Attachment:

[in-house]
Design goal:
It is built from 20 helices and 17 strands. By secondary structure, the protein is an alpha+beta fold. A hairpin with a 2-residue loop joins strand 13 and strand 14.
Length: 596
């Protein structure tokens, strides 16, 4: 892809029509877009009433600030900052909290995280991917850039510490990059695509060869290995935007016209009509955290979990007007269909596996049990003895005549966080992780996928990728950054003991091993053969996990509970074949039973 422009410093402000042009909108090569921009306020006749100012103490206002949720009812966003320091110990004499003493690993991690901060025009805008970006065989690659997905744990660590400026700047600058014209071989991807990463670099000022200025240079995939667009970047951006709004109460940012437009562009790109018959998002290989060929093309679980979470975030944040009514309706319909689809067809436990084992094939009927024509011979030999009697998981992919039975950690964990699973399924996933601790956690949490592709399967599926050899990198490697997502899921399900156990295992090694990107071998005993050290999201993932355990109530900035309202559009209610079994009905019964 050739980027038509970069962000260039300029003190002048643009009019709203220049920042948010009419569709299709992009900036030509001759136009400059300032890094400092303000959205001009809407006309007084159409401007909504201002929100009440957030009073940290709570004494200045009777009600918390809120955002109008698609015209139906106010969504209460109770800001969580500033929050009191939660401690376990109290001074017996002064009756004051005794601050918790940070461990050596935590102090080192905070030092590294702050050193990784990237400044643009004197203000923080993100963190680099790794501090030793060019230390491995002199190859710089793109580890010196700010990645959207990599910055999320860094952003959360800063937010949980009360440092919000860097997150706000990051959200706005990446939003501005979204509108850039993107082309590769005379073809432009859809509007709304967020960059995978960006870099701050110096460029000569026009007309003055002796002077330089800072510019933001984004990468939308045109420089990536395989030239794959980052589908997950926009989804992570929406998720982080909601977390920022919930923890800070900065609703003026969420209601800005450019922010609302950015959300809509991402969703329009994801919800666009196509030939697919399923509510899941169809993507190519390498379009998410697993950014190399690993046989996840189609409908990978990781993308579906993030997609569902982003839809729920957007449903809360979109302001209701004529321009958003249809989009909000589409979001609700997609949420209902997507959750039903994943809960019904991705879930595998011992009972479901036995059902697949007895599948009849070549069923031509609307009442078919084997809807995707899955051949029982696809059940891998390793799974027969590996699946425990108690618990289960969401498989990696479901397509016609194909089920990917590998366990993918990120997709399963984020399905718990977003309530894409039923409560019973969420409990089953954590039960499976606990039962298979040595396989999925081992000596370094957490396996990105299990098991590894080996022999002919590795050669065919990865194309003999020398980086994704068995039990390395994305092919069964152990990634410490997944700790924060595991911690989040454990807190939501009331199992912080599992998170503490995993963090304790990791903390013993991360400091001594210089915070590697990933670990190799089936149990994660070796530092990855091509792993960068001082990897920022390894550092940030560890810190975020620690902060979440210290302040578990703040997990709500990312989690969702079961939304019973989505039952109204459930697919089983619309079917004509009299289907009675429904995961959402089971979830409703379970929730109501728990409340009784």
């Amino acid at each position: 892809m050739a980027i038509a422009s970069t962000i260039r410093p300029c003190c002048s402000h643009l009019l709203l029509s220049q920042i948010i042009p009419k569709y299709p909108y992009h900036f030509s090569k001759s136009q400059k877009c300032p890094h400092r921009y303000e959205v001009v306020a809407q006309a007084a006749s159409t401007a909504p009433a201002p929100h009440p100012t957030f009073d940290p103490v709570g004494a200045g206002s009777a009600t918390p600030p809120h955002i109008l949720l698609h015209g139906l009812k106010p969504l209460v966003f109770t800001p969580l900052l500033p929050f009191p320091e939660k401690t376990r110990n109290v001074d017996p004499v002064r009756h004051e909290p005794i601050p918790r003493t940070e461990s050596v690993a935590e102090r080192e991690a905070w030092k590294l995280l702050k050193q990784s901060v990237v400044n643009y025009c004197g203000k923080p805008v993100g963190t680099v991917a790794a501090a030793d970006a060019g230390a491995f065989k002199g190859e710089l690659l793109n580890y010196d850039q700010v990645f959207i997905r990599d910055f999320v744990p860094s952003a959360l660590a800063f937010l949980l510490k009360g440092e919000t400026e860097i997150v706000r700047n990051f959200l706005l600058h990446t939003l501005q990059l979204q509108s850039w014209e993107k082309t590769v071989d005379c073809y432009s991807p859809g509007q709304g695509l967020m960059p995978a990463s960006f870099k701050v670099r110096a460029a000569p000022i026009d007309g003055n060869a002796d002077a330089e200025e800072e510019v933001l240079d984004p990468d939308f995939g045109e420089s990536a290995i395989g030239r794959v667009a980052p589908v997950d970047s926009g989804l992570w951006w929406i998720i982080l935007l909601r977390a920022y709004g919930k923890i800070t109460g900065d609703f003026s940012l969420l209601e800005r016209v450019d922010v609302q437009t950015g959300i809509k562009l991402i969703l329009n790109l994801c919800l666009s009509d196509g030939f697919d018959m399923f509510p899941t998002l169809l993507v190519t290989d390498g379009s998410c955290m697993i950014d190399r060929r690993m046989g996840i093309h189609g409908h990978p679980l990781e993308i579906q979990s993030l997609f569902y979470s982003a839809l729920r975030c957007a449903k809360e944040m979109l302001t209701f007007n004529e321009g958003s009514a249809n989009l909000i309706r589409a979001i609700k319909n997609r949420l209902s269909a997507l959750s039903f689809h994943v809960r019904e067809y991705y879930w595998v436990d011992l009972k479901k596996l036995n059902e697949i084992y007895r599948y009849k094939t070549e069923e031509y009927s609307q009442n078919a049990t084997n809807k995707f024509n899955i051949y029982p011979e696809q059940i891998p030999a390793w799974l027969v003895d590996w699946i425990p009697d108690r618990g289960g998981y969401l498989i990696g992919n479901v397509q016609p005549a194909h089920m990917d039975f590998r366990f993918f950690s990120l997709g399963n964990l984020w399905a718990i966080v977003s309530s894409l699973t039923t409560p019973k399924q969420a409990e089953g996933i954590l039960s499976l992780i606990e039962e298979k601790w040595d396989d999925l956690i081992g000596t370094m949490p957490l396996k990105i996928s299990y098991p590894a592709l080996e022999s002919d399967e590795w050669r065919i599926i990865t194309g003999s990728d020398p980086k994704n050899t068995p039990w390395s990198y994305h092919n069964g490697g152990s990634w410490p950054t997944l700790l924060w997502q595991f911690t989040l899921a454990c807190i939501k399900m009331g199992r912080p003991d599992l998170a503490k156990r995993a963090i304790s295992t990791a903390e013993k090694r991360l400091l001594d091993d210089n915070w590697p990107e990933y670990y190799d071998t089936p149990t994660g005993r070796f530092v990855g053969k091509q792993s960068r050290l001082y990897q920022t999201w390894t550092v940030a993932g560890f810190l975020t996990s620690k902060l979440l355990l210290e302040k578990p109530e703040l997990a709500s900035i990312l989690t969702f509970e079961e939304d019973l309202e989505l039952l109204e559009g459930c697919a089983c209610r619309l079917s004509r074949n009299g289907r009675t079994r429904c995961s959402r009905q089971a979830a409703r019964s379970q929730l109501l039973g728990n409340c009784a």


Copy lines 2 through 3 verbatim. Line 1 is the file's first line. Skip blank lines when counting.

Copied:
Design goal:
It is built from 20 helices and 17 strands. By secondary structure, the protein is an alpha+beta fold. A hairpin with a 2-residue loop joins strand 13 and strand 14.